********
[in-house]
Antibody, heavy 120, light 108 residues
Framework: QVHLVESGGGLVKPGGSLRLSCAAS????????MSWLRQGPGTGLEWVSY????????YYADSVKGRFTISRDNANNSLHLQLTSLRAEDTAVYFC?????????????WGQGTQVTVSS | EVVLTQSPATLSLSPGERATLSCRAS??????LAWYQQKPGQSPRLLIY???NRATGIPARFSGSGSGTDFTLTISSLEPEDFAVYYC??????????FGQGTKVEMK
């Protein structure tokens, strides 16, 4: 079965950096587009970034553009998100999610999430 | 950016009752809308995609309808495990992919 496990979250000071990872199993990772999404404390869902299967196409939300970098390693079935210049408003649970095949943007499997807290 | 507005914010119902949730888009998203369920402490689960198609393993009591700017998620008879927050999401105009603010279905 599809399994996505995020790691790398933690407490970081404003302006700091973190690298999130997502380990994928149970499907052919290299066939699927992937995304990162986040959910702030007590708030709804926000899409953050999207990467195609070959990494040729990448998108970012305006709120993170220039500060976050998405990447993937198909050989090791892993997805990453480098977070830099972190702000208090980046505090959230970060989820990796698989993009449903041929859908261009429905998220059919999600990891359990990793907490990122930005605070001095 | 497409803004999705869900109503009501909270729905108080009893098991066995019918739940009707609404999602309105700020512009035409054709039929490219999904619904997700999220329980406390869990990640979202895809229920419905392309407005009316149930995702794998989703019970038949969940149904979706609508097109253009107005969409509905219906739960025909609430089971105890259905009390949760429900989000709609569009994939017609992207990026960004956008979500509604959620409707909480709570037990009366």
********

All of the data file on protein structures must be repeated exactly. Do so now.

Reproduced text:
[in-house]
Antibody, heavy 120, light 108 residues
Framework: QVHLVESGGGLVKPGGSLRLSCAAS????????MSWLRQGPGTGLEWVSY????????YYADSVKGRFTISRDNANNSLHLQLTSLRAEDTAVYFC?????????????WGQGTQVTVSS | EVVLTQSPATLSLSPGERATLSCRAS??????LAWYQQKPGQSPRLLIY???NRATGIPARFSGSGSGTDFTLTISSLEPEDFAVYYC??????????FGQGTKVEMK
């Protein structure tokens, strides 16, 4: 079965950096587009970034553009998100999610999430 | 950016009752809308995609309808495990992919 496990979250000071990872199993990772999404404390869902299967196409939300970098390693079935210049408003649970095949943007499997807290 | 507005914010119902949730888009998203369920402490689960198609393993009591700017998620008879927050999401105009603010279905 599809399994996505995020790691790398933690407490970081404003302006700091973190690298999130997502380990994928149970499907052919290299066939699927992937995304990162986040959910702030007590708030709804926000899409953050999207990467195609070959990494040729990448998108970012305006709120993170220039500060976050998405990447993937198909050989090791892993997805990453480098977070830099972190702000208090980046505090959230970060989820990796698989993009449903041929859908261009429905998220059919999600990891359990990793907490990122930005605070001095 | 497409803004999705869900109503009501909270729905108080009893098991066995019918739940009707609404999602309105700020512009035409054709039929490219999904619904997700999220329980406390869990990640979202895809229920419905392309407005009316149930995702794998989703019970038949969940149904979706609508097109253009107005969409509905219906739960025909609430089971105890259905009390949760429900989000709609569009994939017609992207990026960004956008979500509604959620409707909480709570037990009366």